Barge Carriers

PMN1
23rd June 2010, 14:23
From ’The Watery Maze’ by Bernard Fergusson

The LSD was the brain-foster-child of Hussey’s, who had introduced it to an initially sceptical world at a meeting in the Admiralty in September (1941). He handed round a photograph of a ‘Popper’ barge transporter, such as was used on the Danube. These flooded like a floating dock, and while so flooded shipped a barge on either side of their superstructure; they then pumped the water out, so that the barges were lifted clear of the water resting on sponsons on either side of the ship. Such a vessel had several advantages. She would be designed to carry two loaded LCTs in a hold, or dock, instead of on external sponsons, as in the Popper barge.


Does anyone have any pictures of these Popper barge ships?

Gulpers
23rd June 2010, 15:11
PMN1,

On behalf of the Moderating Team, a warm welcome aboard from the Isle of Anglesey!
I hope you thoroughly enjoy your time on SN and get many happy hours entertainment from your membership. (Thumb)


See this link (http://books.google.co.uk/books?id=oWX-x0b4pw4C&pg=PA115&lpg=PA115&dq=Popper+barge+ship&source=bl&ots=evt_1YBGsw&sig=g0syQyEM65NGTUkBU0Xb42otN5E&hl=en&ei=8hIiTLb9NY7KjAf5u9GsAQ&sa=X&oi=book_result&ct=result&resnum=4&ved=0CCUQ6AEwAw#v=onepage&q=Popper%20barge%20ship&f=false) - if you look from pages 127 onwards, there are drawings and photographs of LSDs. Still looking for Popper Barge Ships! (==D)

PMN1
23rd June 2010, 19:07
PMN1,



See this link (http://books.google.co.uk/books?id=oWX-x0b4pw4C&pg=PA115&lpg=PA115&dq=Popper+barge+ship&source=bl&ots=evt_1YBGsw&sig=g0syQyEM65NGTUkBU0Xb42otN5E&hl=en&ei=8hIiTLb9NY7KjAf5u9GsAQ&sa=X&oi=book_result&ct=result&resnum=4&ved=0CCUQ6AEwAw#v=onepage&q=Popper%20barge%20ship&f=false) - if you look from pages 127 onwards, there are drawings and photographs of LSDs. Still looking for Popper Barge Ships! (==D)

Thanks for that, i've had that book and a lot of Friedman's other books from the library, interesting reads.

What caught my attention with this was the line

'The transporter had been conceived in the early 1920's as part of a broader transmodal scheme, in which Danube barges would be loaded directly onto oceangoing freighters. A model had been built and calculations carried out by C. N. Triestino, Isherwood & Company London, Blohm and Voss, and the Vienna Experimental Institute for Shipbuilding. LLoyds Registry had approved the concept.'

What i'm wondering is what kind of market did Popper think there would be for shipping barges on oceangoing freighters?

Billieboy
23rd June 2010, 19:47
Thanks for that, i've had that book and a lot of Friedman's other books from the library, interesting reads.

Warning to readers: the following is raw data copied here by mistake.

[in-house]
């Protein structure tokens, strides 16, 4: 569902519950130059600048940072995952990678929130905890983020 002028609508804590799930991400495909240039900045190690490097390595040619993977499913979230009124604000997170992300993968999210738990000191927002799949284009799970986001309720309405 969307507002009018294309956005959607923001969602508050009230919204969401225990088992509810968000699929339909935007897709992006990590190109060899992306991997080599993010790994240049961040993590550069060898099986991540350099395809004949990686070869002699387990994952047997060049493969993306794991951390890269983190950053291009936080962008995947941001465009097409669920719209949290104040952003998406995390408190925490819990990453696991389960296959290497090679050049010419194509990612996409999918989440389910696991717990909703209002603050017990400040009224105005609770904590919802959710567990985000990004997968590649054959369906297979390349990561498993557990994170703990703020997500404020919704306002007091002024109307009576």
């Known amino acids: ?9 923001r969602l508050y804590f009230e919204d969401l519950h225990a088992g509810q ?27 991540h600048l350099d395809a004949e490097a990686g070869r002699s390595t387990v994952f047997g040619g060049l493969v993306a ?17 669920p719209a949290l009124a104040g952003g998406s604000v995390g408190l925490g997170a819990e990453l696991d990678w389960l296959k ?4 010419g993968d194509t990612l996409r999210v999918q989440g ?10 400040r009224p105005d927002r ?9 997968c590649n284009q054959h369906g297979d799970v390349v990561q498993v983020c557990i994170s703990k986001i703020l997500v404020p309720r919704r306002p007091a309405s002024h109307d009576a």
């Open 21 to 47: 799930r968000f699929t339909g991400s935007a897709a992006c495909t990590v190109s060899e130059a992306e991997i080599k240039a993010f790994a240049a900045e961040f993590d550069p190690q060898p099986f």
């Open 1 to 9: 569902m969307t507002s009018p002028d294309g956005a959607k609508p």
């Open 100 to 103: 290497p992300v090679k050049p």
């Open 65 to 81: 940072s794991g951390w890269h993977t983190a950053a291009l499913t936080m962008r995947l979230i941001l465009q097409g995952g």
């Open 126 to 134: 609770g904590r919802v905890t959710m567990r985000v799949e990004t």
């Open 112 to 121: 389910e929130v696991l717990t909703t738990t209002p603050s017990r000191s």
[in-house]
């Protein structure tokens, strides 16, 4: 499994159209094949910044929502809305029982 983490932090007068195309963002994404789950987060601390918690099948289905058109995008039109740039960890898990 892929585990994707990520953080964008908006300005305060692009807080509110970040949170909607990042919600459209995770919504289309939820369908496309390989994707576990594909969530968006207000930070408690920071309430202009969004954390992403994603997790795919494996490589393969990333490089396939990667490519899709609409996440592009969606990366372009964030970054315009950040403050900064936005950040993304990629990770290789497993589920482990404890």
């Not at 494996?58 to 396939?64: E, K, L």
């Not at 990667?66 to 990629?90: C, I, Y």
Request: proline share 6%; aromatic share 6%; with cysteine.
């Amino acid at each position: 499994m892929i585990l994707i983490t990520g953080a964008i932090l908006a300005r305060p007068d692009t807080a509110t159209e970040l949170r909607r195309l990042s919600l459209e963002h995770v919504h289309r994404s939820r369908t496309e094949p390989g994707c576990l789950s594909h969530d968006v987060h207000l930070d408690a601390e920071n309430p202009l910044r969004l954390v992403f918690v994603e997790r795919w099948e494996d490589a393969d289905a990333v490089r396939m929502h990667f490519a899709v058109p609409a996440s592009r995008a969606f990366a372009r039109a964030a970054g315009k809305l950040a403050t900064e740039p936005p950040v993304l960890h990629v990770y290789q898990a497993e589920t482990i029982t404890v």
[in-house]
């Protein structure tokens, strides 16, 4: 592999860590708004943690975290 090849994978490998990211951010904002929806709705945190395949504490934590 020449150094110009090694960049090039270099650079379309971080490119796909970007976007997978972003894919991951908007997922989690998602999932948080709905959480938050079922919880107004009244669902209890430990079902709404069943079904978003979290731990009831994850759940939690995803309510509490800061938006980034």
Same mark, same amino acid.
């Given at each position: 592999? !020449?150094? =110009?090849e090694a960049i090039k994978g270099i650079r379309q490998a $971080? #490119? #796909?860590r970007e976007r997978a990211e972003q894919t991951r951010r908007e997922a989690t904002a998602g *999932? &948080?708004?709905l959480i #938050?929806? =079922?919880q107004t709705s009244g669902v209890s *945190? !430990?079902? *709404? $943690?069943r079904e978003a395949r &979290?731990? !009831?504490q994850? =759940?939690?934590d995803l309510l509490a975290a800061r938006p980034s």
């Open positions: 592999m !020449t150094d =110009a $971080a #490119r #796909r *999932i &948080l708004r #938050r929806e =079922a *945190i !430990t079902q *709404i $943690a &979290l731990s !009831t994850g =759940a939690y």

What caught my attention with this was the line

'The transporter had been conceived in the early 1920's as part of a broader transmodal scheme, in which Danube barges would be loaded directly onto oceangoing freighters. A model had been built and calculations carried out by C. N. Triestino, Isherwood & Company London, Blohm and Voss, and the Vienna Experimental Institute for Shipbuilding. LLoyds Registry had approved the concept.'

What i'm wondering is what kind of market did Popper think there would be for shipping barges on oceangoing freighters?

LASH as in Lykes line?

PMN1
23rd June 2010, 19:58
LASH as in Lykes line?


But they came later and and cant see the average sized MV of the 20's being able to carry many barges.

One of the objections to the LSD was that it would only be able to carry two 190ft landing craft and was not a very efficient use of material - this turned out not to be too big of a hurdle for the military as but it would commercially.

Hugh Ferguson
23rd June 2010, 21:41
This thread brings to my mind the loss of the "LASH" ship, Munchen. Does anyone remember that loss and what it was due to?

polsteam
29th June 2010, 00:33
This thread brings to my mind the loss of the "LASH" ship, Munchen. Does anyone remember that loss and what it was due to?

suspected freak wave ?...

Cisco
29th June 2010, 01:07
I'm not a great fan of 'freak' or 'rogue' wave theories.
That said, I seem to recall that at the time it was put down to putting her nose into a larger than average ( in that wave train) sea that smashed the wheelhouse windows, disabled all bridge electrics and electronics resulting in her broaching and being overwhelmed. Its always made sense to me.

Hugh Ferguson
29th June 2010, 11:18
Quote:- "I'm not a great fan of 'freak' or 'rogue' waves theories".
I couldn't agree more! This thumbnail shows a good example of what such an, alleged, freak wave can do to a ship. I happened to be at Folkestone on the day the Bencruachan took her pilot and I could hardly believe my eyes to see a ship so damaged.
She had evidently buried her nose in a huge "coamer" (not a word you see much used these days; it's a wave that comes aboard and buries her up to the coamings). With her fo'c'stle under hundreds of tons of water the natural buoyancy of the ship places an enormous stress, the wrong way, on the ship's structure, resulting in the "drooped snoot" appearance you see in the picture.
The Munchen disaster took place some few years before the Bencruachan incident. I have, on occasion, piloted both of these ships, which explains my interest.